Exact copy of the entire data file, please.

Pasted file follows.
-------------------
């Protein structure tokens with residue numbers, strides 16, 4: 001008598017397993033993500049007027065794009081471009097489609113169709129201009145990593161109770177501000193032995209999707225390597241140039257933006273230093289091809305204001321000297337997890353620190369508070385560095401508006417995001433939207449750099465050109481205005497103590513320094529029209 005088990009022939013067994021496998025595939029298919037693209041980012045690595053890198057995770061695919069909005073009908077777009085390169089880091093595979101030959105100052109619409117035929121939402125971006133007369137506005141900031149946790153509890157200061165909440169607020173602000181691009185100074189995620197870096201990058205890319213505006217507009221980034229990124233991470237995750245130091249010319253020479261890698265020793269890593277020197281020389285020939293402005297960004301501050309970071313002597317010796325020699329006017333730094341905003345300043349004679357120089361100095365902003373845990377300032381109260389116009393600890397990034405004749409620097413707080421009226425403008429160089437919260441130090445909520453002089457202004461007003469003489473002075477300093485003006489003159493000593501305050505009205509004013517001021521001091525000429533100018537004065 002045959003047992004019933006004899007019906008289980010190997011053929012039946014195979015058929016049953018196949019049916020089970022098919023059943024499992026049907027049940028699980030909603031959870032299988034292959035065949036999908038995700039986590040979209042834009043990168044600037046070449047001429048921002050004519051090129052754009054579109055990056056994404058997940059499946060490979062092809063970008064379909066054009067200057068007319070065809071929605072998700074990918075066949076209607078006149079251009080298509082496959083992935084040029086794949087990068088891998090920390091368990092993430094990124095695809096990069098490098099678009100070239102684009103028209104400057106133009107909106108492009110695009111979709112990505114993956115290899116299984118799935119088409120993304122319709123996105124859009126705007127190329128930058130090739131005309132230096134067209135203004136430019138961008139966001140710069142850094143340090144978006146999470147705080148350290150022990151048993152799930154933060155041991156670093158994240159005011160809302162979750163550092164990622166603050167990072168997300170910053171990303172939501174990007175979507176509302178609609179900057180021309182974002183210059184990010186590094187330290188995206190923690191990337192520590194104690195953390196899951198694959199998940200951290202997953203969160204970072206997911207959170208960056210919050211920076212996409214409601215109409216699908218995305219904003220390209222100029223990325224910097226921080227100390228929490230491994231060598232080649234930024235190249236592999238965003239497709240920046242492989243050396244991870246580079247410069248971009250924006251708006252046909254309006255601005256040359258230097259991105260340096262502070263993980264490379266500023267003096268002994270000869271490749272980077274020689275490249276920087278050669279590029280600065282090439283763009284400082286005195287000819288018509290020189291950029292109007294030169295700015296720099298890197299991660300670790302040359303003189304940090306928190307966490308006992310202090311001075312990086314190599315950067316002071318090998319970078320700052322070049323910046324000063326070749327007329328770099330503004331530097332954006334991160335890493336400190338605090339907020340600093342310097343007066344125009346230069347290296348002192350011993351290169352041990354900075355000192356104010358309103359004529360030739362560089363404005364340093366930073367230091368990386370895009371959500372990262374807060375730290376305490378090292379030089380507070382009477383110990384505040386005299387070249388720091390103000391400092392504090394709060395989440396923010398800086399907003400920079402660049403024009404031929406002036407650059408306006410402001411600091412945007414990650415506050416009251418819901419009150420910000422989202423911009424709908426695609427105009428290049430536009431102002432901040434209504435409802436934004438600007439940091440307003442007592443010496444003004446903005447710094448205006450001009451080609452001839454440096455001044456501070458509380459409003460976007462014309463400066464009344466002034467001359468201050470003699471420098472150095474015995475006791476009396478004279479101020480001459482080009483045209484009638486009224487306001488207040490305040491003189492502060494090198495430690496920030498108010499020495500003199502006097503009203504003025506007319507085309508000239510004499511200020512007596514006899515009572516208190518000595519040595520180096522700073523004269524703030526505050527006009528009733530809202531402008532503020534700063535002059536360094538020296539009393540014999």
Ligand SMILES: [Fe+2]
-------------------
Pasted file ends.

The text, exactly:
């Protein structure tokens with residue numbers, strides 16, 4: 001008598017397993033993500049007027065794009081471009097489609113169709129201009145990593161109770177501000193032995209999707225390597241140039257933006273230093289091809305204001321000297337997890353620190369508070385560095401508006417995001433939207449750099465050109481205005497103590513320094529029209 005088990009022939013067994021496998025595939029298919037693209041980012045690595053890198057995770061695919069909005073009908077777009085390169089880091093595979101030959105100052109619409117035929121939402125971006133007369137506005141900031149946790153509890157200061165909440169607020173602000181691009185100074189995620197870096201990058205890319213505006217507009221980034229990124233991470237995750245130091249010319253020479261890698265020793269890593277020197281020389285020939293402005297960004301501050309970071313002597317010796325020699329006017333730094341905003345300043349004679357120089361100095365902003373845990377300032381109260389116009393600890397990034405004749409620097413707080421009226425403008429160089437919260441130090445909520453002089457202004461007003469003489473002075477300093485003006489003159493000593501305050505009205509004013517001021521001091525000429533100018537004065 002045959003047992004019933006004899007019906008289980010190997011053929012039946014195979015058929016049953018196949019049916020089970022098919023059943024499992026049907027049940028699980030909603031959870032299988034292959035065949036999908038995700039986590040979209042834009043990168044600037046070449047001429048921002050004519051090129052754009054579109055990056056994404058997940059499946060490979062092809063970008064379909066054009067200057068007319070065809071929605072998700074990918075066949076209607078006149079251009080298509082496959083992935084040029086794949087990068088891998090920390091368990092993430094990124095695809096990069098490098099678009100070239102684009103028209104400057106133009107909106108492009110695009111979709112990505114993956115290899116299984118799935119088409120993304122319709123996105124859009126705007127190329128930058130090739131005309132230096134067209135203004136430019138961008139966001140710069142850094143340090144978006146999470147705080148350290150022990151048993152799930154933060155041991156670093158994240159005011160809302162979750163550092164990622166603050167990072168997300170910053171990303172939501174990007175979507176509302178609609179900057180021309182974002183210059184990010186590094187330290188995206190923690191990337192520590194104690195953390196899951198694959199998940200951290202997953203969160204970072206997911207959170208960056210919050211920076212996409214409601215109409216699908218995305219904003220390209222100029223990325224910097226921080227100390228929490230491994231060598232080649234930024235190249236592999238965003239497709240920046242492989243050396244991870246580079247410069248971009250924006251708006252046909254309006255601005256040359258230097259991105260340096262502070263993980264490379266500023267003096268002994270000869271490749272980077274020689275490249276920087278050669279590029280600065282090439283763009284400082286005195287000819288018509290020189291950029292109007294030169295700015296720099298890197299991660300670790302040359303003189304940090306928190307966490308006992310202090311001075312990086314190599315950067316002071318090998319970078320700052322070049323910046324000063326070749327007329328770099330503004331530097332954006334991160335890493336400190338605090339907020340600093342310097343007066344125009346230069347290296348002192350011993351290169352041990354900075355000192356104010358309103359004529360030739362560089363404005364340093366930073367230091368990386370895009371959500372990262374807060375730290376305490378090292379030089380507070382009477383110990384505040386005299387070249388720091390103000391400092392504090394709060395989440396923010398800086399907003400920079402660049403024009404031929406002036407650059408306006410402001411600091412945007414990650415506050416009251418819901419009150420910000422989202423911009424709908426695609427105009428290049430536009431102002432901040434209504435409802436934004438600007439940091440307003442007592443010496444003004446903005447710094448205006450001009451080609452001839454440096455001044456501070458509380459409003460976007462014309463400066464009344466002034467001359468201050470003699471420098472150095474015995475006791476009396478004279479101020480001459482080009483045209484009638486009224487306001488207040490305040491003189492502060494090198495430690496920030498108010499020495500003199502006097503009203504003025506007319507085309508000239510004499511200020512007596514006899515009572516208190518000595519040595520180096522700073523004269524703030526505050527006009528009733530809202531402008532503020534700063535002059536360094538020296539009393540014999």
Ligand SMILES: [Fe+2]